Over the past few days, we’ve been privy to some pretty enthralling baseball. As the final days of the season come to an end, the Sox, Rays, Cardinals, and Braves having taken center stage as they desperately fight for October admittance. With all of this added mania, I’ve found myself watching even more baseball than usual so I thought it’d be fun to take a few moments to jot down some observations.
1) Bizzaro Jesus
We are all well aware by now know of Jesus Montero. As it turns out though, the Sox have a “wicked good” hitting prospect of their own (who also happens to be a backstop), Ryan Lavarnway. His two monster homeruns yesterday couldn’t have been better timed as the Sox find themselves muddling through the final days of what has otherwise been an awful September. While Lavarnway doesn’t have quite the hype surrounding him that Jesus does, he certainly has caught some attention nevertheless. His power stroke is legitimate (.317 ISO in AAA), and he’s put together a very solid season in the minors (.295/.390/.612). Should the Sox reach the playoffs, and Lavarnway continues to carry a hot hand, it wouldn’t be surprising at all to see his name in the lineup — particularly with the recent injuries and ineffectiveness plaguing Jason Varitek and Jarrod Saltalamacchia respectively.
2) Albert “Freakin” Pujols
I don’t watch the Cardinals nearly as often as I should. That’s not to say that I have a particularly affinity for National League baseball or St. Louis for that matter, but rather, I’d like to have more opportunities to see a generational talent at work. While the Braves have been diligently cementing a monumental collapse of their own, the Cards have quietly snuck their way back into the postseason discussion. At the center of this comeback is none other than Albert Pujols. In the month of September, Pujols has hit .375/.415/.604 (with an OPS of 1.019). He’s shown excellent power (.229 ISO) in addition to a quality .432 wOBA. Yeah, Albert’s always been an awesome player, but that doesn’t mean it’s any less impressive. Also, get this; Albert is been valued at 5.3 fWAR which marks an all time low. He’ll also be a free agent this winter.
3) The kids are alright
Think where you were in your career by age 30. Or if you haven’t reached that point in your life yet, imagine where you may wind up. Now consider the Rays starting rotation, beginning with David Price. And then James Shields. Jeremy Hellickson. Jeff Niemann. Wade Davis. And now, of course, Matt Moore. With the exception of Shields (who’s only 30), the rest of the Rays rotation is comprised of all 20-something year old kids. I realize this has been the case for several years now, but it’s really pretty ridiculous how well they’ve managed. Even with top prospects, the transition to a quality professional player is not a certainty. Even though they’ll enter the postseason as a wildcard (should they make it), they aren’t your typical underdogs with so much talent resting on so many young shoulders. Unfortunately for the Yankees, this group of hurlers probably isn’t going anywhere anytime soon either.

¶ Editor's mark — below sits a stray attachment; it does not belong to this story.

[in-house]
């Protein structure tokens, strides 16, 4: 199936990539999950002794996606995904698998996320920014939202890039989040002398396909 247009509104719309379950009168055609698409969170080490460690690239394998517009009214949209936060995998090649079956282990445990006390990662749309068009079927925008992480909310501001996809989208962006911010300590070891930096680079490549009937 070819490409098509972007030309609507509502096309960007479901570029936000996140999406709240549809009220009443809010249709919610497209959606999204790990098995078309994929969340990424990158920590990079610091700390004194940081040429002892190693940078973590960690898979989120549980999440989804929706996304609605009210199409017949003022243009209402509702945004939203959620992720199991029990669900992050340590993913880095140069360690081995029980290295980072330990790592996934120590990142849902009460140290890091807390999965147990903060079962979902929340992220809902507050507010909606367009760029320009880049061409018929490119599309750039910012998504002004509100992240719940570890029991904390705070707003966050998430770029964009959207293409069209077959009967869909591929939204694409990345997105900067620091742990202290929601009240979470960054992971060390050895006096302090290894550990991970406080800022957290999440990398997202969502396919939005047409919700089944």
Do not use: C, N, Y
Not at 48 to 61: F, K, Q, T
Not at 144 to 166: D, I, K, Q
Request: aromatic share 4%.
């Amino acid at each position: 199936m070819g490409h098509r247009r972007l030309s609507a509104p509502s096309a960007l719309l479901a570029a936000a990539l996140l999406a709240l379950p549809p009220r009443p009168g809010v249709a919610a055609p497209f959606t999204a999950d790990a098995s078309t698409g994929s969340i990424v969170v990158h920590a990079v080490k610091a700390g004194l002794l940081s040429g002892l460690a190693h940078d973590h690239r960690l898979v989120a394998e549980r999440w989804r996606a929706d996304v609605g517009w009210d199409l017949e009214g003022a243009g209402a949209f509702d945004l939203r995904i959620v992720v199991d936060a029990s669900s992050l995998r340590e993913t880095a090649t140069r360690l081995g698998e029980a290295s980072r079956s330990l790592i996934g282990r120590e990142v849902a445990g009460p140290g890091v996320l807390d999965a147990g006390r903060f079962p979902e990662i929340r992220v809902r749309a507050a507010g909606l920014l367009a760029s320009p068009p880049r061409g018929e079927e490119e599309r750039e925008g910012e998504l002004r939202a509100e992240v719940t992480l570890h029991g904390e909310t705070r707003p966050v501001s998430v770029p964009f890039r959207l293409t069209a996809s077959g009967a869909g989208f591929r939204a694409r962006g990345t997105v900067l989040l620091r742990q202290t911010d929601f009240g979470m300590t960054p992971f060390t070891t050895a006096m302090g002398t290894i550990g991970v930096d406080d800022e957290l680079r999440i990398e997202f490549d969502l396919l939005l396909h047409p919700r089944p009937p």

4) These aren’t your Yankee-dynasty-years Braves
What the hell is wrong with the Braves? Is it the pitching? Is it the hitting? Is it a combination of everything? (It is probably.) Well, whatever the case, the Braves have watched a 10.5 game lead wilt away over the past month. While Atlanta has lost 19 of it’s past 29 games, Chipper Jones chimed, “It’s like we’re living out a bad dream.” Brian McCann — who was looking like a real MVP candidate for much of the first half of the season — has struggled mightily of late. In August, the Braves catcher hit .146/.241/.417 (0.88 BABIP) over 54 plate appearances. One would think that that kind of production was bound to improve in September. Well, it has, but not by much. This month, he’s hit .182/.315/.286 which is good for an wRC+ of 75 (.282 wOBA). With guys like McCann, Uggla, Heyward, Prado, Freeman, and Bourne all struggling simultaneously, it’s no wonder sad times have settled in Georgia.
5) The end is near, and so is the beginning
With great baseball comes great conclusion. Only during this time of the year can we as Yankee fans find ourselves in the strange predicament of wanting to cheer on our team while also hoping for success from our opposition. By the end of this week, the regular season will be officially over. Of course, the postseason will have begun which basically equates to all but eight teams being rendered essentially irrelevant. Now, more than ever, am I happy to be cheering for the Yankees. No team is garanteed a ring, but the Yankees are equipped with the firepower and experience necessary to make a deep run into the playoffs.
If you have any thoughts regarding these final few days of the regular season, please share them. We’d love to hear what you have to say.
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